State of Louisiana v. Marcus U. Jackson (Affirmed)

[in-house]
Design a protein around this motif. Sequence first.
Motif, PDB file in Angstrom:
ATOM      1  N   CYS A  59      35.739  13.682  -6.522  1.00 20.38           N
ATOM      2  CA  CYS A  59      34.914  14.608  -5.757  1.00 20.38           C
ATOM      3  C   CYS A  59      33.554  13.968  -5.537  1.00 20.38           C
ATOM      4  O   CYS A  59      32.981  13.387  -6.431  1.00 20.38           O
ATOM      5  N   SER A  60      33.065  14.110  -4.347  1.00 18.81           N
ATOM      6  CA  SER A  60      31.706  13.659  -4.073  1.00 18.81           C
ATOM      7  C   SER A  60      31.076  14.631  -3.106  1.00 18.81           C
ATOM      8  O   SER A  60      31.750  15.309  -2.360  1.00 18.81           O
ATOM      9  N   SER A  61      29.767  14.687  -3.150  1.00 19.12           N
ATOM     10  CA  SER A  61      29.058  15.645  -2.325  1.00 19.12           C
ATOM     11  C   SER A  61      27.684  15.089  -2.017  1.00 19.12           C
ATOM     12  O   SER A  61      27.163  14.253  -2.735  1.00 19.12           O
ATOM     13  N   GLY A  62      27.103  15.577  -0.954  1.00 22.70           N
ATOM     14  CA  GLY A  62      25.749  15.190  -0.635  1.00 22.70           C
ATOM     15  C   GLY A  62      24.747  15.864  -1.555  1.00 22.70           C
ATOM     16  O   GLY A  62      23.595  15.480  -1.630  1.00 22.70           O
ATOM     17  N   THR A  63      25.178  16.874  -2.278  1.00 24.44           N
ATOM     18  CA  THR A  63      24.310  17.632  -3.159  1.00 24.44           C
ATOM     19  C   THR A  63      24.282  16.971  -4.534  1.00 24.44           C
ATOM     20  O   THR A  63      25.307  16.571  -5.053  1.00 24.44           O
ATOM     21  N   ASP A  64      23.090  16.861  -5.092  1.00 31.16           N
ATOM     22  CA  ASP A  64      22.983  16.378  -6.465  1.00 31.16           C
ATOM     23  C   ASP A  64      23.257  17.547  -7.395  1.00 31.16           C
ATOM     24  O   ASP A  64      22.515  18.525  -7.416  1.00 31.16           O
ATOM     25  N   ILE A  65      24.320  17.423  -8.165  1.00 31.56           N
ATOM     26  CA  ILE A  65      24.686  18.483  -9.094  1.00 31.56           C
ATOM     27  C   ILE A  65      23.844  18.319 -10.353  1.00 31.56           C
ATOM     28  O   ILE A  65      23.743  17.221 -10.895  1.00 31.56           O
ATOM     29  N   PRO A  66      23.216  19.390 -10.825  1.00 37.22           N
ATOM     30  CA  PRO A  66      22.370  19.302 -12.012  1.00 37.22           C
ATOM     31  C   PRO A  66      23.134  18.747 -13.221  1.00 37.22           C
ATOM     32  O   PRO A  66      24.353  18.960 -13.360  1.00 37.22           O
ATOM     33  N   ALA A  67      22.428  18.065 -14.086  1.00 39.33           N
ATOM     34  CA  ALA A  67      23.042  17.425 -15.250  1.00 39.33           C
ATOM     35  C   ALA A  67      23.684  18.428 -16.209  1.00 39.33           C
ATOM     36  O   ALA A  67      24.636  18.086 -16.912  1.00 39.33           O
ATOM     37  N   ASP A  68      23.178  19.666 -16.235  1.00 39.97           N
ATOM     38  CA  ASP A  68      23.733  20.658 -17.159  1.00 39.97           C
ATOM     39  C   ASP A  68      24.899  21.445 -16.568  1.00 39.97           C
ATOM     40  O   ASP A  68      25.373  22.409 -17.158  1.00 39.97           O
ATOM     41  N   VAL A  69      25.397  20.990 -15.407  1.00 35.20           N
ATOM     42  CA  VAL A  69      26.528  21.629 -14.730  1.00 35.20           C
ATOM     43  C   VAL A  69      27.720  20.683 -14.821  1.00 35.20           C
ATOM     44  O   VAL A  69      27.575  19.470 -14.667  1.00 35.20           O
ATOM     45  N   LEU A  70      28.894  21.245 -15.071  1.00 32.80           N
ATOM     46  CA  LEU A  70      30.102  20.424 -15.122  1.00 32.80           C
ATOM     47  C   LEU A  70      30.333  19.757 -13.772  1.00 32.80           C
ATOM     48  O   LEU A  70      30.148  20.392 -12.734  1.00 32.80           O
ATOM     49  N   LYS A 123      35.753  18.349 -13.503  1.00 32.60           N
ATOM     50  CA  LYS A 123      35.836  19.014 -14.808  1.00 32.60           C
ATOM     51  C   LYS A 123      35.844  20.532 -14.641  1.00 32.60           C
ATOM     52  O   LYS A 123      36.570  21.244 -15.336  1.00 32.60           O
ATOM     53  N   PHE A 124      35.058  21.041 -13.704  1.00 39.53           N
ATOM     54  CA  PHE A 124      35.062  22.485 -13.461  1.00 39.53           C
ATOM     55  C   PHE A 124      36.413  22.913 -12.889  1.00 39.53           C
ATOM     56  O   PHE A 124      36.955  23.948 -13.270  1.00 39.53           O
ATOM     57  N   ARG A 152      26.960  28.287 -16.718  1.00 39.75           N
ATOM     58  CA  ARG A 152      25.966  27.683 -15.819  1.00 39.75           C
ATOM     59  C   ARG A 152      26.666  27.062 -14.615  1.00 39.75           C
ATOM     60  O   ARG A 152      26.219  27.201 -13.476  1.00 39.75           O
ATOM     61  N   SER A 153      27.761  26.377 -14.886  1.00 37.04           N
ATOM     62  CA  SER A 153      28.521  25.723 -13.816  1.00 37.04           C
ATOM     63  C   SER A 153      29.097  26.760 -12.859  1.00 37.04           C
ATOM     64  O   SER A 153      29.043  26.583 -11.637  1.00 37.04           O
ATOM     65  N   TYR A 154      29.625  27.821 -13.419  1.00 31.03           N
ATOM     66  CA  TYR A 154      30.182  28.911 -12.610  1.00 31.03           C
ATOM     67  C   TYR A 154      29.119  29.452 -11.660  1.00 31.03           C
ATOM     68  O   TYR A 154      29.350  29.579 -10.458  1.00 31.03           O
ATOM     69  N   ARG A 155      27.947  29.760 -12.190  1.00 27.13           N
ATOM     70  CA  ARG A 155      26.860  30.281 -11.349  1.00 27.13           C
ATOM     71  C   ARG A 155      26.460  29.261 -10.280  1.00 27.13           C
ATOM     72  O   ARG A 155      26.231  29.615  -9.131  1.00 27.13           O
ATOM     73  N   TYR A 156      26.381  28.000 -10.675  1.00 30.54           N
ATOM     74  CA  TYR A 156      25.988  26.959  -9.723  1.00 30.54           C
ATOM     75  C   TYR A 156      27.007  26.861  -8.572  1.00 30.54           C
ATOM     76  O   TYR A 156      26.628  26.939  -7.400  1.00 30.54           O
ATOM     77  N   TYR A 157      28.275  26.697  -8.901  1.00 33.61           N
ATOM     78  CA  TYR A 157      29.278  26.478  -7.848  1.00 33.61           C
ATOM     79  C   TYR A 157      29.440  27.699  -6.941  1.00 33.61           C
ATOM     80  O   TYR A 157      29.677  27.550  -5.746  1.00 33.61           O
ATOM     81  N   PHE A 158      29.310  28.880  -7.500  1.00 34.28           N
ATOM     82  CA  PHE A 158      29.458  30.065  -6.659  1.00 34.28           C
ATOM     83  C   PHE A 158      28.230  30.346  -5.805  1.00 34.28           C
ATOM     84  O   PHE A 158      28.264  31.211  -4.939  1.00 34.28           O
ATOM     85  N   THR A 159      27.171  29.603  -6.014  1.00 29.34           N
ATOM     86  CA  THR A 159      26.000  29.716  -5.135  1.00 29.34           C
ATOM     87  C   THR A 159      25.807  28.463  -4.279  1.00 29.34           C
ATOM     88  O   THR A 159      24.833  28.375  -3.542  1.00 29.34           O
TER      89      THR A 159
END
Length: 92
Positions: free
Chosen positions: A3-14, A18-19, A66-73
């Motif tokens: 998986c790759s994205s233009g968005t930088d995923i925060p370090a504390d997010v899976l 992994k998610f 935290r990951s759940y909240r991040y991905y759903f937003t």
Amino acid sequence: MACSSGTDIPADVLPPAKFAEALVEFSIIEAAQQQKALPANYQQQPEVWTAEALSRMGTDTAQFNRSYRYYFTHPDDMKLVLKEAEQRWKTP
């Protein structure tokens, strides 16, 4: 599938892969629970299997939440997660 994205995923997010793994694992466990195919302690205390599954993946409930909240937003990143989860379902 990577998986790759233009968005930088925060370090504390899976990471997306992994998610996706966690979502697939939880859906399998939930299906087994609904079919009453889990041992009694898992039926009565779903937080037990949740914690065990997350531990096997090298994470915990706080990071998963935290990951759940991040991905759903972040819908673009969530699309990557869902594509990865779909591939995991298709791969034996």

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Judgment rendered May 22, 2019. Application for rehearing may be filed within the delay allowed by Art. 992, La. C. Cr. P. No. 52,423-KA COURT OF APPEAL SECOND CIRCUIT STATE OF LOUISIANA ***** STATE OF LOUISIANA Plaintiff-Appellee versus MARCUS U. JACKSON Defendant-Appellant ***** Appealed from the Second Judicial District Court for the Parish of Jackson, Louisiana Trial Court No. 48,732 Honorable Jimmy Cecil Teat, Judge ***** LOUISIANA APPELLATE PROJECT By: Douglas Lee Harville Counsel for Appellant DANIEL W. NEWELL District Attorney Counsel for Appellee TERESA CULPEPPER CARROLL J. CLAY CARROLL Assistant District Attorneys ***** Before WILLIAMS, STONE, and McCALLUM, JJ. McCALLUM, J. Marcus U. Jackson (“Mr. Jackson”) appeals the trial court’s denial of his “Motion to Quash the Arrest Warrant and To Suppress.” On April 3, 2018, Mr. Jackson entered a Crosby plea of guilty to possession of marijuana, fourth offense, while reserving his right to appeal the trial court’s decision denying his motion. Mr. Jackson argues that the trial court erred because the arrest warrant was based on an affidavit that contained false or misleading statements. Therefore, Mr. Jackson contends that we should reverse the trial court and grant his motion to quash and suppress. For the following reasons, we affirm the trial court’s decision in denying Mr. Jackson’s motion to quash the arrest warrant and to suppress. We further affirm the conviction and sentence of Mr. Jackson. FACTS On July 11, 2017, in the parish of Jackson, the Honorable Daniel W. Newell, through his assistant district attorney, Mr. J. Clay Carroll, filed a bill of information charging Mr. Jackson with two counts of criminal conduct. Count One was conspiracy to distribute schedule II CDS. Count two was possession of marijuana, fourth offense. On November 7, 2017, at the conclusion of a preliminary hearing, the Honorable Jimmy C. Teat found probable cause to hold Mr. Jackson under his bail obligation pending trial. At the preliminary hearing, the court accepted evidence including the arrest warrant, the accompanying affidavit upon which the arrest warrant was issued, the testimony of the affiant, Deputy Shultz, and a video of the alleged meeting between the confidential reliable informant (“CRI”) and Mr. Jackson. The Court also heard arguments by counsel for both Mr. Jackson and the State. On February 1, 2018, Mr. Jackson filed a motion to quash the arrest warrant and to suppress any evidence obtained through the execution of the warrant. Mr. Jackson alleged that the arrest warrant in question contained “false and/or misleading statements.” Therefore, Mr. Jackson sought to quash the arrest warrant, suppress certain evidence obtained through searches connected with the arrest and have all charges against him dropped. On April 3, 2018, the trial court held a hearing and denied Mr. Jackson’s motion. Mr. Jackson then entered his Crosby plea of guilty to possession of marijuana, fourth offense. The trial court considered the evidence within the record from the preliminary exam and heard additional arguments of counsel. Mr. Jackson argued that the affidavit, upon which the judge issued the arrest warrant, contained false or misleading statements. Specifically, Mr. Jackson argued that although Deputy Shultz stated within his affidavit that Mr. Jackson was seen and heard talking to the CRI, the video of the meeting neither visually nor audibly proved Mr. Jackson’s presence. Mr. Jackson further argued that Deputy Shultz had previously stated that he reviewed the video prior to signing his affidavit and securing the arrest warrant. Therefore, Mr. Jackson asserted that Deputy Shultz intentionally misled the judge when securing the arrest warrant. The affidavit in question states the following: On or about March 15, 2017 I, Deputy Donovan Shultz was contacted by Deputy Mike Roland and Deputy Clay Sonnier with the Bienville Parish Narcotics unit. They advised met that they had a CRI who could come make a buy from Edward Zumwalt. They stated that they had already made a few cases on him and that Zumwalt did not have a way to get to Bienville Parish that day. 2 We meet a location in Jackson Parish where the CRI was searched along with vehicle being used. The CRI was given $225 for the buy. The CRI left the meet location to go to Zumwalt’s residence located on Leon Drive in Jonesboro. Had approximately 12:51 the CRI sent a text stating that they were going to Poochie’s house, Marcus U. Jackson. At approximately 13:09 hours the CRI arrived back to the meet location where he handed us a clear plastic bag with white material suspected to be methamphetamine. The CRI was interviewed and searched again. The CRI stated that when CRI arrived at Zumwalt’s residence that he stated that they had to go to Poochie’s house. The film shows them going to that residence located on Robinson Street in Jackson Parish. CRI stated that Poochie arrived and walks up to the truck and ask where Zumwalt was and then goes to inside the trailer where he was at. Zumwalt then comes out and gives him the bag of suspected meth. On or about April 7, 2017 to the Crime lab in Shreveport. We received a crime lab report back stating that the sample submitted weighed 5.14 grams and did test positive for Methamphetamine, Schedule II CDS. Marcus U. Jackson did commit the offense of Conspiracy to Distribute a Schedule II CDS, that being Methamphetamine. This is done in violation of Louisiana Revised Statute 14:27 & 40:967. The trial court noted that no evidence within the record reflected that Deputy Shultz reviewed the video prior to executing his affidavit or to securing the arrest warrant. The trial court further found that Deputy Bailey, who arrested Mr. Jackson and performed the search pursuant to the arrest warrant, acted in good faith. Therefore, the trial court found that the evidence obtained through the search did not bear the “poisonous fruits” complained of by Mr. Jackson. The trial court sentenced Mr. Jackson to 42 months of imprisonment at hard labor. He now appeals the decision of the trial court, asserting the identical arguments outlined at the hearing on his motion to quash and suppress. 3 DISCUSSION Titled “Warrant of arrest; issuance,” applicable parts of Louisiana Code of Criminal Procedure Article 202 state: A. A warrant of arrest may be issued by any magistrate pursuant to this Paragraph or as provided in Paragraph D of this Article and, except where a summons is issued under Article 209 of this Code, shall be issued when all of the following occur: (1) The person making the complaint executes an affidavit specifying, to his best knowledge and belief, the nature, date, and place of the offense, and the name and surname of the offender if known, and of the person injured if there be any. … (2) The magistrate has probable cause to believe that an offense was committed and that the person against whom the complaint was made committed it. Probable cause for an arrest exists when the facts and circumstances known to the police and of which the police have reasonably trustworthy information are sufficient to justify a person of average caution in the belief that the person to be arrested has committed a crime. State v. Williams, 448 So. 2d 659 (La. 1984); State v. Smith, 49,359 (La. App. 2 Cir. 11/19/14), 152 So. 3d 218, writ denied, 2014-2695 (La. 10/23/15), 179 So. 3d 597; State v. Brown, 47,247 (La. App. 2 Cir. 9/26/12), 105 So. 3d 734. When a warrant is challenged, the task for a reviewing court is to ensure that under the totality of the circumstances, the magistrate had a substantial basis for concluding that probable cause existed. If the magistrate finds that the affidavit is sufficiently detailed and reliable to show probable cause, the reviewing court should interpret the affidavit in a realistic and common sense fashion, being aware that it is normally prepared by non-lawyer police officers in the midst and haste of a criminal investigation. State v. Shiell, 16-447 (La. App. 5 Cir. 12/7/16), 204 So. 3d 1213, writ denied, 17-0041 (La. 9/15/17), 225 So. 3d 4 477. Within these guidelines, courts should strive to uphold warrants to encourage their use by police officers. Id.; State v. Gaubert, 14-396 (La. App. 5 Cir. 12/16/14), 167 So. 3d 110, 114. Minor inaccuracies in assertions in the affidavit may not affect the validity of the warrant. However, if intentional misrepresentations designed to deceive the issuing magistrate are made by the affiant seeking to obtain the warrant, the warrant must be quashed. Alternatively, if unintentional misstatements are included, these misstatements must be excised and the remainder used to determine if probable cause for the issuance of a warrant is set forth. Similarly, when the affiant omits material facts without intent to deceive, the reviewing court must add the omitted facts to those originally included and retest the sufficiency of the showing of probably cause. State v. Williams, supra; State v. Smith, supra; State v. Brown, supra. The term “intentional” means a deliberate act made for the purpose of deceiving the magistrate. State v. Rey, 351 So. 2d 489 (La. 1977); State v. Smith, supra. Titled “Motion to suppress evidence,” relevant parts of Louisiana Code of Criminal Procedure Article 703 state: A. A defendant adversely affected may move to suppress any evidence from use at the trial on the merits on the ground that it was unconstitutionally obtained. … D. On the trial of a motion to suppress filed under the provisions of this Article, the burden of proof is on the defendant to prove the ground of his motion, except that the state shall have the burden of proving the admissibility of a purported confession or statement by the defendant or of any evidence seized without a warrant. An affidavit supporting a search warrant is presumed to be valid, and the defendant has the burden of proving that the representations made in the 5 affidavit are false. State v. Shiell, supra; State v. Dee, 09-712 (La. App. 5 Cir. 2/23/10), 34 So. 3d 892, writ denied, 10-705 (La. 10/29/10), 48 So. 3d 1097. A trial court’s decision to deny a motion to suppress is afforded great weight and will not be set aside unless the preponderance of the evidence clearly favors suppression. State v. Fountain, 49,637 (La. App. 2 Cir. 3/4/15), 162 So. 23d 652; State v. Roberson, 46,697 (La. App. 2 Cir. 12/14/11), 81 So. 3d 911, writ denied, 12-0086 (La. 4/20/12), 85 So. 3d 1270. An appellate court reviews a trial court’s ruling on a motion to suppress under the manifest error standard in regard to factual determinations, as well as credibility and weight determinations, while applying de novo review to findings of law. State v. Fountain, supra. Mr. Jackson argues that the arrest warrant in question was secured based on an affidavit executed by Deputy Shultz. The affidavit states that the CRI told Deputy Shultz that Mr. Jackson approached the vehicle, then approached the house and secured the controlled dangerous substances from another party in the house. Mr. Jackson contends that because Deputy Shultz viewed the video prior to writing his affidavit, and where the video does not show Mr. Jackson or record any conversation with the CRI, then Deputy Shultz intentionally included false statements or misrepresentations within his affidavit. The video in question neither shows Mr. Jackson’s approach to the vehicle, nor records his voice. The video does show gestures by the CRI that Deputy Shultz testified were the basis of knowing that Mr. Jackson approached the vehicle. Deputy Shultz testified that the CRI informed him that Mr. Jackson approached the vehicle, went into the house, and secured 6 the controlled dangerous substances. Deputy Shultz further testified that the video included gestures by the CRI that indicated that Mr. Jackson was present and that he was the party involved in the crime. With regard to Deputy Shultz’s alleged intentional false statements or misrepresentations, Mr. Jackson did not produce any evidence of his claim. The Court noted that neither the State nor Mr. Jackson provided evidence or testimony that Deputy Shultz reviewed the video in question prior to writing his affidavit. In fact, counsel for Mr. Jackson even stated to the trial judge that she did not know if Deputy Shultz viewed the video before or after he wrote the affidavit. At best, Mr. Jackson can prove only that Deputy Shultz viewed the video prior to the preliminary exam hearing, not prior to his creation of the affidavit. Noting such in his ruling, Judge Teat correctly found that Deputy Shultz did not intentionally mislead the magistrate. Additionally, the affidavit does not contain any misrepresentations or false statements. In his affidavit, Deputy Shultz does not state that the video shows Mr. Jackson. Instead, Deputy Shultz states that the CRI informed him that Mr. Jackson approached the vehicle and that he spoke with Mr. Jackson. During the preliminary hearing, Deputy Shultz testified that the video, including the hand gestures by the CRI on the video, supported the statement told to him by the CRI. The only time that Deputy Shultz mentions the video in question is to indicate that it shows that the CRI drove to Mr. Jackson’s home. Therefore, the trial court correctly concluded that the affidavit in question did not contain false statements or misrepresentations. Finally, even if the affidavit contained information that was unintentionally omitted, the outcome would not have changed. That Mr. Jackson cannot be seen or heard on the video does not diminish the 7 substantial, sufficient basis for the issuance of the arrest warrant. The CRI stated that Mr. Jackson was present at the vehicle and the house and that Mr. Jackson approached the house and secured the controlled dangerous substance. Furthermore, Deputy Shultz included his conversation with the CRI in his affidavit along with lab reports of the substances that Mr. Jackson procured. We find no evidence that Deputy Shultz purposefully or intentionally misled the magistrate. We find that the affidavit does not contain any false statements or misrepresentations. We further find that even including the fact that the video does not show or record Mr. Jackson, the affidavit was still sufficient for the magistrate to issue the arrest warrant. Therefore, we find Mr. Jackson’s assignment of error to be without merit. CONCLUSION The judgment of the trial court is AFFIRMED. Furthermore, the conviction and sentence of Mr. Jackson are AFFIRMED. 8